There’s a lot going on right now.
You’re probably getting a lot of emails cancelling events you’ve been looking forward to for ages or outlining organisations’ responses to the Covid-19 pandemic. This is another one.
The museum is part of the Australian and New Zealand College of Anaesthetists (ANZCA), the peak body for education, training and setting standards of clinical practice for anaesthetists in Australia and New Zealand. On Friday, 13 March, ANZCA announced it was cancelling its 2020 annual scientific meeting, and all face-to-face meetings would be suspended until at least 12 April.
On top of that, Ulimaroa, the historic building that houses the museum, would also be closed down. This meant the museum would be closed to the public.
With all that going on, it seemed almost inevitable that on Monday, 16 March, the decision was made to set everybody up for working from home and close the facility for two weeks.
None of these decisions have been easy but have been made with the welfare of staff, volunteers and visitors in mind.
So, what does that mean for a museum?
Museums love visitors but we’ve taken the very sensible decision to close our doors for a while so we weren’t going to be having visitors anyway. Fortunately, we’e spent a lot of time over the past few years preparing our onsite exhibitions for the online environment. If you haven’t already, or even if you have, check out our online exhibitions.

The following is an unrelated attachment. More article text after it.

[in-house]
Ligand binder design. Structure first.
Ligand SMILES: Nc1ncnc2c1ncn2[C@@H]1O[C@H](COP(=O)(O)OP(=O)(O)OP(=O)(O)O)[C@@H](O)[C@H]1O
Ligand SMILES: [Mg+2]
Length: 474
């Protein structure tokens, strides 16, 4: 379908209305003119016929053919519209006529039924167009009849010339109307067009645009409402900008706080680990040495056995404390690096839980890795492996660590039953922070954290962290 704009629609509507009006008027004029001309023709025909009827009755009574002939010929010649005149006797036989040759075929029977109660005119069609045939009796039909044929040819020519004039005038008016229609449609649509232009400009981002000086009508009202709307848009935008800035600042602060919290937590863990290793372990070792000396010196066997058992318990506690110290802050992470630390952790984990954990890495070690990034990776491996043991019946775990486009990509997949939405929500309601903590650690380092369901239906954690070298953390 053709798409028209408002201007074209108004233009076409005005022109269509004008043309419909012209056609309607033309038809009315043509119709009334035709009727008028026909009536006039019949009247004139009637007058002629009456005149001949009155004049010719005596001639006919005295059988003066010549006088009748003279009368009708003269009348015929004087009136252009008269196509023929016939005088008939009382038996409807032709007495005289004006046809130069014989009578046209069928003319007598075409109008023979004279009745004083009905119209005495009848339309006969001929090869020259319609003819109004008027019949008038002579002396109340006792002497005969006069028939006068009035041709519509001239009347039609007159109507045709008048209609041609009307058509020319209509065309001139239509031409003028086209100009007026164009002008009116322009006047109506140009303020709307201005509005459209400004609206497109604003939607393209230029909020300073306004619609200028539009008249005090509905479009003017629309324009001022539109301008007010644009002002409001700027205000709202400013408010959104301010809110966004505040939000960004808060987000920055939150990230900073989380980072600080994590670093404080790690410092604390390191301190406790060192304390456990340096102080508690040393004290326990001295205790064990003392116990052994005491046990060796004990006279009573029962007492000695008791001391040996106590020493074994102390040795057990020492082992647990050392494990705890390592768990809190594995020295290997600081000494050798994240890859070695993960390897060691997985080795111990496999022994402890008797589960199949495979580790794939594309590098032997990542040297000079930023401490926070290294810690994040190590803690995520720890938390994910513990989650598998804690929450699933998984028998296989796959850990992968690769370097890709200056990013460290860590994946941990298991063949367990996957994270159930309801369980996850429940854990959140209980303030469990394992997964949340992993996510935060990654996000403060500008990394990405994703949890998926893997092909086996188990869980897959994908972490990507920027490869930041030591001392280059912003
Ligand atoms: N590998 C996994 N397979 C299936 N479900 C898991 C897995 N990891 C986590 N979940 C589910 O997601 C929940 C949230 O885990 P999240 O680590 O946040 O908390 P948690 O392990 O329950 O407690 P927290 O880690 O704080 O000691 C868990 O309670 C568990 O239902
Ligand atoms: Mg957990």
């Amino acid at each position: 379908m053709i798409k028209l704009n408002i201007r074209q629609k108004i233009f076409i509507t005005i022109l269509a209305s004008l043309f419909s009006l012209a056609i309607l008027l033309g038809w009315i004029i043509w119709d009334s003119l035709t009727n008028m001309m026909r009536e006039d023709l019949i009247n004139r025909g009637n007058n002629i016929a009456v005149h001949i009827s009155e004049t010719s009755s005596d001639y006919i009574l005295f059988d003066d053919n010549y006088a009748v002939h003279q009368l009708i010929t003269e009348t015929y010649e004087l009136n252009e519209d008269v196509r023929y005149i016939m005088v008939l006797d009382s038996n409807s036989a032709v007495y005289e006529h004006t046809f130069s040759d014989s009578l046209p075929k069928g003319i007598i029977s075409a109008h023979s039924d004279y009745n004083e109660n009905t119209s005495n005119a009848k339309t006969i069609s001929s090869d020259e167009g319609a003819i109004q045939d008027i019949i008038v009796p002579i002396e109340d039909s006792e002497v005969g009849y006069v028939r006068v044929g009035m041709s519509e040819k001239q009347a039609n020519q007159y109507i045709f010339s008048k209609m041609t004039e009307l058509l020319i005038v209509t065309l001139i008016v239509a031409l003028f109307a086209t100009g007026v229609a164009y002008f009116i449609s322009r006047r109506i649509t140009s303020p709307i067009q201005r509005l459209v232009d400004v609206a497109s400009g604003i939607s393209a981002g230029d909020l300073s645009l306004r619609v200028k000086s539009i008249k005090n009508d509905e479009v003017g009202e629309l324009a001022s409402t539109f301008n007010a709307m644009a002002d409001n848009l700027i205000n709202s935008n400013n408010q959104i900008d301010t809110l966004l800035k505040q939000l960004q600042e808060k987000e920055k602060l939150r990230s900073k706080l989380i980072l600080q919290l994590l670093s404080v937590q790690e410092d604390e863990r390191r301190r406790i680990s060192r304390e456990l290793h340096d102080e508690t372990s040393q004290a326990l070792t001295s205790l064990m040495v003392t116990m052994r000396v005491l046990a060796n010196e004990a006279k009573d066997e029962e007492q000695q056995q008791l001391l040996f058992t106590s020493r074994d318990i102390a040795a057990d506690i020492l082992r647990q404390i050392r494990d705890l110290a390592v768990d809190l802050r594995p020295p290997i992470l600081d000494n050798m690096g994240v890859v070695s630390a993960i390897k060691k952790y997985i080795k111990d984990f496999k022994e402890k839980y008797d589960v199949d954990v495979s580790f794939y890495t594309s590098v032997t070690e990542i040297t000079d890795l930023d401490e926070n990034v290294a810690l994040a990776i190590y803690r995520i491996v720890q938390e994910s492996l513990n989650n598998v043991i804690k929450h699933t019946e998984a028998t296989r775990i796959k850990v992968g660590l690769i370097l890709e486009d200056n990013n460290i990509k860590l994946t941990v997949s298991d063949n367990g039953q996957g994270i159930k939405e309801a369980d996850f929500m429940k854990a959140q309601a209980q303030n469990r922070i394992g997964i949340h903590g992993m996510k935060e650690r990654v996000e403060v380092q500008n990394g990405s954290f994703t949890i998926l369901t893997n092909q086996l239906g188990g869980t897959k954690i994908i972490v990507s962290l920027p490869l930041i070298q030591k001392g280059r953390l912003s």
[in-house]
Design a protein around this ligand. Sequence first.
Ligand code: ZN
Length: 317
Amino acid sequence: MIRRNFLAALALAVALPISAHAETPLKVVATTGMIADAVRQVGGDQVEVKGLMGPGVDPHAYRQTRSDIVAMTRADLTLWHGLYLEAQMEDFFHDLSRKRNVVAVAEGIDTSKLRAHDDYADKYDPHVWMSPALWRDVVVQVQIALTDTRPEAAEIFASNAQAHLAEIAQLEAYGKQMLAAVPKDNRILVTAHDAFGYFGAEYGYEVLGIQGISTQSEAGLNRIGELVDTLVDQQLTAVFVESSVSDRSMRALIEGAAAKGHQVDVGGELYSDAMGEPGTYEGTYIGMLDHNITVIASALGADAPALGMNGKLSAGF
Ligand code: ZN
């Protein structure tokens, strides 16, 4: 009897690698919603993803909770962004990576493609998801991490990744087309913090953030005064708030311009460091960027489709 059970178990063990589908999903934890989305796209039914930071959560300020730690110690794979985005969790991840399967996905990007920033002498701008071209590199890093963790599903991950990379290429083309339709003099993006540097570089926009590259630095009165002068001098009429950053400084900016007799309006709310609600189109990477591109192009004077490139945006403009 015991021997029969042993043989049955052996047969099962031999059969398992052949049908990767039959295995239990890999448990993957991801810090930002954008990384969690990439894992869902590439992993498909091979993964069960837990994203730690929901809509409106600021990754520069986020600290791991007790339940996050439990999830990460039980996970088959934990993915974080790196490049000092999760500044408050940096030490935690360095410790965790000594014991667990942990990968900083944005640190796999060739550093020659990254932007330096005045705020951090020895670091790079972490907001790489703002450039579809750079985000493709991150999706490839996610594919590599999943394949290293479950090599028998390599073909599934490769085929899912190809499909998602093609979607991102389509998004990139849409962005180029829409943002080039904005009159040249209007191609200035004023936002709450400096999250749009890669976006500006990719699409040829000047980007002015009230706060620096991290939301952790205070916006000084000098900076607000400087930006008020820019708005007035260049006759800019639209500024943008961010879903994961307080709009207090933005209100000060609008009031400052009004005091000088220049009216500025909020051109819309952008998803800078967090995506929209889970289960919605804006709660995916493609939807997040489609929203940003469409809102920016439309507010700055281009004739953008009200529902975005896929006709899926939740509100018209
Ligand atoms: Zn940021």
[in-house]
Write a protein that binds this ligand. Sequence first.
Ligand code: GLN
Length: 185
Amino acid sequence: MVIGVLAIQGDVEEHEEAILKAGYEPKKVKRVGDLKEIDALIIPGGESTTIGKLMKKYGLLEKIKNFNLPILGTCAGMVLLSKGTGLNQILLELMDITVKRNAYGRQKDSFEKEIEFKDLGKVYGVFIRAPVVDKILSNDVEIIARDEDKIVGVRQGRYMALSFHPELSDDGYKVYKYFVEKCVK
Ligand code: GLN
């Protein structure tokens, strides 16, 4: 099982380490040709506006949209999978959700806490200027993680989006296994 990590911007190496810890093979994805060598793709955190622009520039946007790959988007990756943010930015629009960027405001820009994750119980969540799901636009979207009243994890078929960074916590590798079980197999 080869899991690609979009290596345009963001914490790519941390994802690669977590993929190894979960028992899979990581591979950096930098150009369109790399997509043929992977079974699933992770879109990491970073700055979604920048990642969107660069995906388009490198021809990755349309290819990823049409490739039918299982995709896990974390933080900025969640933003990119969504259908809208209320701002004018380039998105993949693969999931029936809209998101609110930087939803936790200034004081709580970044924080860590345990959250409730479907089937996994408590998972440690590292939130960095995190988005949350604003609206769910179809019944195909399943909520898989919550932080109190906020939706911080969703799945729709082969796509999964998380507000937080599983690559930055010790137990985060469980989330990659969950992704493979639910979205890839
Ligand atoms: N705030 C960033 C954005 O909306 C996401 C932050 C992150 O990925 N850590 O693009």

And, without wanting to be flippant, a global pandemic is an excellent time to be collecting. At the moment, we’ve been collecting digital material. We’ve archived some Twitter threads, and sourced an infographic outlining airway management under Covid-19. It seems Twitter has also made it into academia with MLA officially devising a standard for citing tweets in academic papers. We’ve also asked a few people to put their thoughts on paper. First person accounts will give the objects an immediacy and significance they wouldn’t necessarily have without them.
We’ll continue tweeting and we’ve popped up on Instagram now. Follow along, say hello, let us know what you want from the museum right now. Remember to always have good cough etiquette, hand hygiene and 1.5 metres for social distancing.